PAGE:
“Housewives.” “Homemakers.” They don’t look like four-letter words, do they?
But that’s what they became in the aftermath of the publication of Betty Friedan’s book about the “problem that has no name,” which gave a voice to the female yearning to be someone who was more than married to a house.
It’s been 50 years since the late Ms. Friedan’s book, “The Feminine Mystique,” ignited a wave of bra-burning and contempt for men and domesticity.
The women’s movement has ebbed and flowed over the decades, picking up steam from the civil rights movement and helping spawn the gay rights movement, only to be scorned by daughters who didn’t see the point of a feminist movement to help them gain rights they didn’t know they could lose.
Women, and men, too, have had to relearn the lesson over the past decade that those rights are continually threatened and that guarding them requires vigilance. While there may be some who think the right to choose what you can do with your body is inalienable, it isn’t. That choice is perpetually under assault from lawmakers, courts and people, women and men alike, with differing religious and moral views.
Reproductive rights aren’t the only battleground. We as a nation are drowning in policies that hurt women and families.
Economic issues are top of the list. Equal pay is still a dream. It’s hard to imagine that 50 years after the women’s movement began, we still live in a nation where women are paid on average 77 cents for every $1 earned by a man. African-American and Latino women earn far less.
This is at a time when about 25 percent of families with children are headed by women. Those families are significantly poorer than families headed by men.
Americans should be ashamed that their country is the only one in the advanced industrialized world that does not offer paid parental leave. We got to that low point when Australia began offering paid leave in 2011. The United States is in the company of Lesotho, Liberia, Swaziland and Papua New Guinea in failing to offer such leave.
The average length of time for most paid maternity leave in other countries is about 19 weeks; 31 countries provide a year or more of paid leave.
Those statistics came to light in research to commemorate the 20th anniversary of the U.S. Family and Medical Leave Act, a 1993 federal law that requires employers to provide 12 weeks of unpaid leave for qualified medical and family reasons, including
For a nation that prides itself on family values and where women often must fight to maintain control of their reproductive rights, the United States’ record on policies that support workers and families is abominable. The Bureau of Labor Statistics says that only 11 percent of private industry workers have access to paid family leave.
Early childhood education is another way in which our country fails families. A global study last year of pre-primary education participation among 4-year-olds showed that 69 percent of kids that age in the United States are enrolled in pre-primary programs. The United States ranks 28th among 38 countries studied. At the top were France, the Netherlands, Spain and Mexico, where 95 percent of 4-year-olds were in pre-primary education programs. We were trailed by Ireland, Poland, Finland and Brazil.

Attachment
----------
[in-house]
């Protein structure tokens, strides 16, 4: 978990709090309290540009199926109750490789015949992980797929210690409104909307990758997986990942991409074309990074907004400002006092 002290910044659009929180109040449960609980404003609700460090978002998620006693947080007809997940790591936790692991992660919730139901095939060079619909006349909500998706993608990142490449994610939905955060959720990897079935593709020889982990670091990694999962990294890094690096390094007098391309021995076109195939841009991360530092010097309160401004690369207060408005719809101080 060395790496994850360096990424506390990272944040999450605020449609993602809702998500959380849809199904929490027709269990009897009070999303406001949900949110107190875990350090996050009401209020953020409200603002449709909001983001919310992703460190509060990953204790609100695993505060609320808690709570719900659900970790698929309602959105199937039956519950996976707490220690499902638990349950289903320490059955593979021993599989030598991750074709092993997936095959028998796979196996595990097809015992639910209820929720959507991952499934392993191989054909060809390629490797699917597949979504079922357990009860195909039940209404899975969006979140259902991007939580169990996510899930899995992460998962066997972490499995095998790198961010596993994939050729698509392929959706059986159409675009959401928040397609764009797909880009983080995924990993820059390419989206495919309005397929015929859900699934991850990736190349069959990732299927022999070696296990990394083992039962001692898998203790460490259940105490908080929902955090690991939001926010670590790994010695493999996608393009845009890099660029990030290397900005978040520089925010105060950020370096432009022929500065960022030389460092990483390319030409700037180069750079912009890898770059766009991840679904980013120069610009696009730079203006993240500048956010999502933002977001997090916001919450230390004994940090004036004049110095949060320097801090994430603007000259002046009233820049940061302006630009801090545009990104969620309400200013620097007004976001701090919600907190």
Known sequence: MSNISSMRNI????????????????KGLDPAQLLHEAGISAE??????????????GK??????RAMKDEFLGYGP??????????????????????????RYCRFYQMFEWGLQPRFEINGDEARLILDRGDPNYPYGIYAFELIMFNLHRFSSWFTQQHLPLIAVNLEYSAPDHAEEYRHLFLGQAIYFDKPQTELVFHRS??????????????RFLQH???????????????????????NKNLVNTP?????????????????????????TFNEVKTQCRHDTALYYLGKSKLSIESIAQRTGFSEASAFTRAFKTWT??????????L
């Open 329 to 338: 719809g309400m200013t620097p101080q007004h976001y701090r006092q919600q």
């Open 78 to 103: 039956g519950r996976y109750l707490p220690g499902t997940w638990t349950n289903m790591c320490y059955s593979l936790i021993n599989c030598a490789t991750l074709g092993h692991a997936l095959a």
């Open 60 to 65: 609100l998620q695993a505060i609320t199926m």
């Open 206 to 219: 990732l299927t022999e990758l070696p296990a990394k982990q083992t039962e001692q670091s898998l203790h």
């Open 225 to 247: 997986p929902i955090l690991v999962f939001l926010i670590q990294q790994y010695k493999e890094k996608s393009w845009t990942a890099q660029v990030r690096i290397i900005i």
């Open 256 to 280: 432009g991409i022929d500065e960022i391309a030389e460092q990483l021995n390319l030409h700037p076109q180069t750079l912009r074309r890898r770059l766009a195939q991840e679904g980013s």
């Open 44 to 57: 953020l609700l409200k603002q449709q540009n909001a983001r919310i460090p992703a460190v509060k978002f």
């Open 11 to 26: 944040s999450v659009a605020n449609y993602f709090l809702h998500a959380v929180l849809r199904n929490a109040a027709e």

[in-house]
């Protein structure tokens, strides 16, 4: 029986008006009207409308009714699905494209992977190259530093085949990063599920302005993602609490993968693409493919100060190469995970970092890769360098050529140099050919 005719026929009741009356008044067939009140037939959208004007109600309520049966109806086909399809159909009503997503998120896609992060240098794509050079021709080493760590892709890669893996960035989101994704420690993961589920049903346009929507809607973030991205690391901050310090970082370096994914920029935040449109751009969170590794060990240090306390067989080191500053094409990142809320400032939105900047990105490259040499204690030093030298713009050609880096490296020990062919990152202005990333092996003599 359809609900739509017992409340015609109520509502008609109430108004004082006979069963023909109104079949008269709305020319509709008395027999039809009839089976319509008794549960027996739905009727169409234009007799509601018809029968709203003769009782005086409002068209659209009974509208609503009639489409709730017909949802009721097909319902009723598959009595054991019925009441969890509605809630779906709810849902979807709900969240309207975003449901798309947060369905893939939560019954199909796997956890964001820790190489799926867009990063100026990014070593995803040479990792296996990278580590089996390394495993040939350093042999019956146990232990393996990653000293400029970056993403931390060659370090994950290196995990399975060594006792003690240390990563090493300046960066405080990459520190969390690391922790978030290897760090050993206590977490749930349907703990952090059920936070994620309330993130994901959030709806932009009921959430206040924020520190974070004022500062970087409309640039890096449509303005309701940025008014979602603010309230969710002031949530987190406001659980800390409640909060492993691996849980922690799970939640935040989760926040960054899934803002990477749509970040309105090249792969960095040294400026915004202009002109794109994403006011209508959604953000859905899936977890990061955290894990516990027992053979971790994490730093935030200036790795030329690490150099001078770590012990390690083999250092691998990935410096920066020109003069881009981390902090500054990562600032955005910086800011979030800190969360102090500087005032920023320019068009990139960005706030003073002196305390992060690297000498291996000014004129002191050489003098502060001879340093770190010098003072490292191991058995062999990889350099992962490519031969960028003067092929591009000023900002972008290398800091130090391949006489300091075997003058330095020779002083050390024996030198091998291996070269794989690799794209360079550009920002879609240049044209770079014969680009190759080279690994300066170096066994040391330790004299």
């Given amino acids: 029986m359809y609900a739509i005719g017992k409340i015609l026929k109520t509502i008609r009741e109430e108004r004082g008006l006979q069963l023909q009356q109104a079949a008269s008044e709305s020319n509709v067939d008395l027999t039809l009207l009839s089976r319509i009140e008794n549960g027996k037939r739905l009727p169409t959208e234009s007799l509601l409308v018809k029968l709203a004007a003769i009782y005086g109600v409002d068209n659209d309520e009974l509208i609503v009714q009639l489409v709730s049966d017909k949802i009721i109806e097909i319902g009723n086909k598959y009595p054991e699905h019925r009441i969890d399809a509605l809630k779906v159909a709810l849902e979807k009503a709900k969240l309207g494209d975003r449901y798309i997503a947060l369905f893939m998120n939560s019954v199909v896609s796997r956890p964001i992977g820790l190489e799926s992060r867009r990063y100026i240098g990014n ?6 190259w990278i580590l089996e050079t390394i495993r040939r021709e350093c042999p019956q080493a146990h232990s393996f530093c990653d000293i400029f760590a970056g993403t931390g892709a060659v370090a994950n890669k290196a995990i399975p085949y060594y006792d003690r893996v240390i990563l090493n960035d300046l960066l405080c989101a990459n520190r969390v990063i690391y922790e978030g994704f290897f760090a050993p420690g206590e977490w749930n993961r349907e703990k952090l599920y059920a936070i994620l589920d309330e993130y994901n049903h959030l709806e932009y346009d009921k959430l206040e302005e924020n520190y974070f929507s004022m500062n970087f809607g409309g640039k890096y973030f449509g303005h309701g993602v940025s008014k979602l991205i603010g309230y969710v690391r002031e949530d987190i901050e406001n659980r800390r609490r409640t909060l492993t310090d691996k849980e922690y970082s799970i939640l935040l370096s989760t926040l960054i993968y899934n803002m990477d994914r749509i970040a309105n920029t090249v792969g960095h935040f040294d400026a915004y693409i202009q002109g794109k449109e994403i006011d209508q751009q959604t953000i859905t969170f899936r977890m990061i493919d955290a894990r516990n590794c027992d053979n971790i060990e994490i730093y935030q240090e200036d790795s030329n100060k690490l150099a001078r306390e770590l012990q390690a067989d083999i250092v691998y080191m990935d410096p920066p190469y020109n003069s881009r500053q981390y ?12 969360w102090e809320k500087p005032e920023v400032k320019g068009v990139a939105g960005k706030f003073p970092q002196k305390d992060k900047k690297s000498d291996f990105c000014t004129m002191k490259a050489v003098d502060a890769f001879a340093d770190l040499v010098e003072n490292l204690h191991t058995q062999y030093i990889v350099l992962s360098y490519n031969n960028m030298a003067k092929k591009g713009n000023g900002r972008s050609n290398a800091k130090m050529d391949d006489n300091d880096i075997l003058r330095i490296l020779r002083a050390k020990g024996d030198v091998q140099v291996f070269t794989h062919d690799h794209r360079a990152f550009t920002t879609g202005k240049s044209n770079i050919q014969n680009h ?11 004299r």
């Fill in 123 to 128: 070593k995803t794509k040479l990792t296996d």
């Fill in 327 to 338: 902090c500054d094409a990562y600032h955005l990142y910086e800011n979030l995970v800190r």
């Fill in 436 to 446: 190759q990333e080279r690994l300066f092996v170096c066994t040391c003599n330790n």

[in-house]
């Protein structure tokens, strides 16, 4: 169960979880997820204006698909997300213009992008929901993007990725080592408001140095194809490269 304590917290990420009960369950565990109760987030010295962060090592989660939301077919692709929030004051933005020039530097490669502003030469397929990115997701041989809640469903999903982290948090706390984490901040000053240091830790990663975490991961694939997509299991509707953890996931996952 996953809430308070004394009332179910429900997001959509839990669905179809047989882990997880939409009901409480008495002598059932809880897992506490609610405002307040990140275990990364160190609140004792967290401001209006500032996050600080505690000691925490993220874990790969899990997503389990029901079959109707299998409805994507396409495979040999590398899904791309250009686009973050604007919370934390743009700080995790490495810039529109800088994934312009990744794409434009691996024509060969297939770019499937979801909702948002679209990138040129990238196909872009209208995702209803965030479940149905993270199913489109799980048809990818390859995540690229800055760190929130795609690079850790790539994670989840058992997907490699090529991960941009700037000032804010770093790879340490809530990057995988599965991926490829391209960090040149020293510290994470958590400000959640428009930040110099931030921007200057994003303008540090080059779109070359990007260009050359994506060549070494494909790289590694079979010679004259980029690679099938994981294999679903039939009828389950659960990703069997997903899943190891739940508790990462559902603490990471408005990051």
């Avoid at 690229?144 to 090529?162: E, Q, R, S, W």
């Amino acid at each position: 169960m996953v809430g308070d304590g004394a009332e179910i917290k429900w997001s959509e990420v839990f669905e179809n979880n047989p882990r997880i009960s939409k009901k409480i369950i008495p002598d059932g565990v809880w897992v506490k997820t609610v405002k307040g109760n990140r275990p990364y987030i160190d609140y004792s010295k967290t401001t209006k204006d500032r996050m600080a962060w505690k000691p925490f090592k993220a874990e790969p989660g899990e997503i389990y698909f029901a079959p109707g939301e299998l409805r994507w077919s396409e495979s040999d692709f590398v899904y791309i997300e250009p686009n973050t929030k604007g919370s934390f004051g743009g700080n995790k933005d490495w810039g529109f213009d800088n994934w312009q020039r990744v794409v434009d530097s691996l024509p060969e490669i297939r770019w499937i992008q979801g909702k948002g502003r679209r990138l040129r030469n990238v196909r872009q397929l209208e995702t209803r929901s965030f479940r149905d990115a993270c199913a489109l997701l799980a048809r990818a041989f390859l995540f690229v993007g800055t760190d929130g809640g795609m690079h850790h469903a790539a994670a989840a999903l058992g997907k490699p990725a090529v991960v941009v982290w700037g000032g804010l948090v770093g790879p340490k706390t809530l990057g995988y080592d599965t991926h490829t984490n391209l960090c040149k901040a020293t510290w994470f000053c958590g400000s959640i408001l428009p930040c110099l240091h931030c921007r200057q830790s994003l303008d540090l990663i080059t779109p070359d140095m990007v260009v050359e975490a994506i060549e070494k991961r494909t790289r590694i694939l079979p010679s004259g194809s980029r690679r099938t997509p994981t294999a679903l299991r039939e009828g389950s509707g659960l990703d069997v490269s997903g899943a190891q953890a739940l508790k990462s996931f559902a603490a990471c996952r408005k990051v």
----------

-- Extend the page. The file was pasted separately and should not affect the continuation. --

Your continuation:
A Pew Charitable Trusts report on this topic estimates the economic benefits of universally accessible early childhood education for 3- and 4-year-olds is at least $25,000 per child per year. The annual average cost is about $8,703 per child.
Politicians like to trot out triumphal stories about successful middle-class families, but the fact is those families are fewer and farther between than our country wants to admit.
Gone is the structure on which those fantasies are based—the two-parent home with a working dad and a stay-at-home mom is a thing of the past. Traditional models of balancing work and family commitments are sorely outdated. More than 70 percent of women with children younger than 18 are in the work force today.
The women’s movement in its 21st-century incarnation must be about the family. It doesn’t help the cause when women like Sheryl Sandberg, the 43-year-old chief operating officer of Facebook, and Anne-Marie Slaughter, the 54-year-old Princeton University professor and first female director of policy planning at the U.S. State Department, are bickering over whose view is better for the future of women.
Ms. Sandberg suggests that women can have it all if they marry men who help them and confront challenges that hold them back in their workplaces. Ms. Slaughter counters that there is no realistic way for women to have perfect careers and families at the same time.
They—and other women who are concerned about the multitude of problems that swamp efforts to pull women and children out of poverty and prevent them from significant educational attainment—should pull together and stop scattering their energy and focus in a million different directions.
That doesn’t work too well at home, and certainly won’t get women and families where they need to be in the world.
And men, feel free to pitch in at any time. Your futures are at stake, too.